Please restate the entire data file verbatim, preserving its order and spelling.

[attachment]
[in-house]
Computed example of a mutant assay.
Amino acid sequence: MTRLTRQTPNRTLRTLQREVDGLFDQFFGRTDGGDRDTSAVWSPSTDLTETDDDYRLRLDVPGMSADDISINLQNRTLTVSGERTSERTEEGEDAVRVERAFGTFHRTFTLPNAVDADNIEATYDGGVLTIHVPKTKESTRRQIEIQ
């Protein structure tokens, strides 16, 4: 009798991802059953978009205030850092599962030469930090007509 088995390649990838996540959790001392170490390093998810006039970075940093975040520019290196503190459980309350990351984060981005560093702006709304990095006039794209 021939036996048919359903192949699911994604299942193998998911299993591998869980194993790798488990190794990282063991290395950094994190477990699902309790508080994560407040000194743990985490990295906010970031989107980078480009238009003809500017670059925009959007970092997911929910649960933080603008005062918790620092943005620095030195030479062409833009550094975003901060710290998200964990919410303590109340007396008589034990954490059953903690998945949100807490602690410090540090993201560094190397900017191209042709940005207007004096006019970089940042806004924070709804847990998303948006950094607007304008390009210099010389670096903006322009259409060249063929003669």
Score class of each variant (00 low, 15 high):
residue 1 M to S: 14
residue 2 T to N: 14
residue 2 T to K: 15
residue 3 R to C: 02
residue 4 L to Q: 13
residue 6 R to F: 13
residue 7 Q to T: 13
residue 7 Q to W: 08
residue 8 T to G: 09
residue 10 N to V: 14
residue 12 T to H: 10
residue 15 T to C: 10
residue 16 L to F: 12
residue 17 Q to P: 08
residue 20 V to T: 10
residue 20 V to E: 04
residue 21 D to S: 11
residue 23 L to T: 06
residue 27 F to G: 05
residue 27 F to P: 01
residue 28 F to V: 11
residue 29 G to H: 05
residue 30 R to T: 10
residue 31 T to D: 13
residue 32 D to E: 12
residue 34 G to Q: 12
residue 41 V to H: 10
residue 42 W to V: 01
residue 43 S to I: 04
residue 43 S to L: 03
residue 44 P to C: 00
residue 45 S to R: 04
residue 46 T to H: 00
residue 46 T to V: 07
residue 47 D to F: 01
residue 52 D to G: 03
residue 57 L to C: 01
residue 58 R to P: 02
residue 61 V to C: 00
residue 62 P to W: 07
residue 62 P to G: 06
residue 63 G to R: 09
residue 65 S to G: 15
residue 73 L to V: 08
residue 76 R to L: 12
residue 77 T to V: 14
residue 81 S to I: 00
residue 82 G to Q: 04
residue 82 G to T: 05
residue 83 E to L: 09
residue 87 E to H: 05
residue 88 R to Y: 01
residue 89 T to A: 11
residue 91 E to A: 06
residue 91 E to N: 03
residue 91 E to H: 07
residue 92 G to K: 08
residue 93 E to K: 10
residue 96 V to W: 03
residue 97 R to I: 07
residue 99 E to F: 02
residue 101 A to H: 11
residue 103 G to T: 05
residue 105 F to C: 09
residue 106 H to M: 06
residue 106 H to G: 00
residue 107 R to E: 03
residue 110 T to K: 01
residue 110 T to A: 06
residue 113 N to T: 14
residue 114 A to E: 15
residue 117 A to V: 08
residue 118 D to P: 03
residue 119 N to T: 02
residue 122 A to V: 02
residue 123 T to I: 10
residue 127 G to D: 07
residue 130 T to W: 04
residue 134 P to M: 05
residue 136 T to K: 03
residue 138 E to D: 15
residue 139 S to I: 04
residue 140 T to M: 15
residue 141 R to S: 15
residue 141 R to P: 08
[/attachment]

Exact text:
[in-house]
Computed example of a mutant assay.
Amino acid sequence: MTRLTRQTPNRTLRTLQREVDGLFDQFFGRTDGGDRDTSAVWSPSTDLTETDDDYRLRLDVPGMSADDISINLQNRTLTVSGERTSERTEEGEDAVRVERAFGTFHRTFTLPNAVDADNIEATYDGGVLTIHVPKTKESTRRQIEIQ
């Protein structure tokens, strides 16, 4: 009798991802059953978009205030850092599962030469930090007509 088995390649990838996540959790001392170490390093998810006039970075940093975040520019290196503190459980309350990351984060981005560093702006709304990095006039794209 021939036996048919359903192949699911994604299942193998998911299993591998869980194993790798488990190794990282063991290395950094994190477990699902309790508080994560407040000194743990985490990295906010970031989107980078480009238009003809500017670059925009959007970092997911929910649960933080603008005062918790620092943005620095030195030479062409833009550094975003901060710290998200964990919410303590109340007396008589034990954490059953903690998945949100807490602690410090540090993201560094190397900017191209042709940005207007004096006019970089940042806004924070709804847990998303948006950094607007304008390009210099010389670096903006322009259409060249063929003669």
Score class of each variant (00 low, 15 high):
residue 1 M to S: 14
residue 2 T to N: 14
residue 2 T to K: 15
residue 3 R to C: 02
residue 4 L to Q: 13
residue 6 R to F: 13
residue 7 Q to T: 13
residue 7 Q to W: 08
residue 8 T to G: 09
residue 10 N to V: 14
residue 12 T to H: 10
residue 15 T to C: 10
residue 16 L to F: 12
residue 17 Q to P: 08
residue 20 V to T: 10
residue 20 V to E: 04
residue 21 D to S: 11
residue 23 L to T: 06
residue 27 F to G: 05
residue 27 F to P: 01
residue 28 F to V: 11
residue 29 G to H: 05
residue 30 R to T: 10
residue 31 T to D: 13
residue 32 D to E: 12
residue 34 G to Q: 12
residue 41 V to H: 10
residue 42 W to V: 01
residue 43 S to I: 04
residue 43 S to L: 03
residue 44 P to C: 00
residue 45 S to R: 04
residue 46 T to H: 00
residue 46 T to V: 07
residue 47 D to F: 01
residue 52 D to G: 03
residue 57 L to C: 01
residue 58 R to P: 02
residue 61 V to C: 00
residue 62 P to W: 07
residue 62 P to G: 06
residue 63 G to R: 09
residue 65 S to G: 15
residue 73 L to V: 08
residue 76 R to L: 12
residue 77 T to V: 14
residue 81 S to I: 00
residue 82 G to Q: 04
residue 82 G to T: 05
residue 83 E to L: 09
residue 87 E to H: 05
residue 88 R to Y: 01
residue 89 T to A: 11
residue 91 E to A: 06
residue 91 E to N: 03
residue 91 E to H: 07
residue 92 G to K: 08
residue 93 E to K: 10
residue 96 V to W: 03
residue 97 R to I: 07
residue 99 E to F: 02
residue 101 A to H: 11
residue 103 G to T: 05
residue 105 F to C: 09
residue 106 H to M: 06
residue 106 H to G: 00
residue 107 R to E: 03
residue 110 T to K: 01
residue 110 T to A: 06
residue 113 N to T: 14
residue 114 A to E: 15
residue 117 A to V: 08
residue 118 D to P: 03
residue 119 N to T: 02
residue 122 A to V: 02
residue 123 T to I: 10
residue 127 G to D: 07
residue 130 T to W: 04
residue 134 P to M: 05
residue 136 T to K: 03
residue 138 E to D: 15
residue 139 S to I: 04
residue 140 T to M: 15
residue 141 R to S: 15
residue 141 R to P: 08